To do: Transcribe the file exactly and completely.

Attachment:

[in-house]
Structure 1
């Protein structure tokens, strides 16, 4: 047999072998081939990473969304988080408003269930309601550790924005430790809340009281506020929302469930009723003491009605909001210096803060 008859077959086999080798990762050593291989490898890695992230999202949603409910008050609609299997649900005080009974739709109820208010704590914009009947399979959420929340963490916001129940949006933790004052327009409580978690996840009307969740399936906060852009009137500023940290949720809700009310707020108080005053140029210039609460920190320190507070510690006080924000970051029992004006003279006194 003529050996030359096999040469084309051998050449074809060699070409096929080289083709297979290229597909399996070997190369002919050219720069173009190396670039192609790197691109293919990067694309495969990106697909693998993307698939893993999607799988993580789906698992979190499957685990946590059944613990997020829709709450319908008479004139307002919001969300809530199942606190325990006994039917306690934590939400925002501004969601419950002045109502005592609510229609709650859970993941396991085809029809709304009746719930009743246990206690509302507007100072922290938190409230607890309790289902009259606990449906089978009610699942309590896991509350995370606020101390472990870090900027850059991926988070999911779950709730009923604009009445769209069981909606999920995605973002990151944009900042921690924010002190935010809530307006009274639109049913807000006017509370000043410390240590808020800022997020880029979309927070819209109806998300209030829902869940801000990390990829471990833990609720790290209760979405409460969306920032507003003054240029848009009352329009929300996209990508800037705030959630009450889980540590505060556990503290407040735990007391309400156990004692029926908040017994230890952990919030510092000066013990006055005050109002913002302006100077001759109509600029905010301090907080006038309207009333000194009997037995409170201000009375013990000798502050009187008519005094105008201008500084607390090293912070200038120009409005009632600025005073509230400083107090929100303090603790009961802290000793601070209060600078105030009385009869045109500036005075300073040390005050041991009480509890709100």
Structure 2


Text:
[in-house]
Structure 1
């Protein structure tokens, strides 16, 4: 047999072998081939990473969304988080408003269930309601550790924005430790809340009281506020929302469930009723003491009605909001210096803060 008859077959086999080798990762050593291989490898890695992230999202949603409910008050609609299997649900005080009974739709109820208010704590914009009947399979959420929340963490916001129940949006933790004052327009409580978690996840009307969740399936906060852009009137500023940290949720809700009310707020108080005053140029210039609460920190320190507070510690006080924000970051029992004006003279006194 003529050996030359096999040469084309051998050449074809060699070409096929080289083709297979290229597909399996070997190369002919050219720069173009190396670039192609790197691109293919990067694309495969990106697909693998993307698939893993999607799988993580789906698992979190499957685990946590059944613990997020829709709450319908008479004139307002919001969300809530199942606190325990006994039917306690934590939400925002501004969601419950002045109502005592609510229609709650859970993941396991085809029809709304009746719930009743246990206690509302507007100072922290938190409230607890309790289902009259606990449906089978009610699942309590896991509350995370606020101390472990870090900027850059991926988070999911779950709730009923604009009445769209069981909606999920995605973002990151944009900042921690924010002190935010809530307006009274639109049913807000006017509370000043410390240590808020800022997020880029979309927070819209109806998300209030829902869940801000990390990829471990833990609720790290209760979405409460969306920032507003003054240029848009009352329009929300996209990508800037705030959630009450889980540590505060556990503290407040735990007391309400156990004692029926908040017994230890952990919030510092000066013990006055005050109002913002302006100077001759109509600029905010301090907080006038309207009333000194009997037995409170201000009375013990000798502050009187008519005094105008201008500084607390090293912070200038120009409005009632600025005073509230400083107090929100303090603790009961802290000793601070209060600078105030009385009869045109500036005075300073040390005050041991009480509890709100």
Structure 2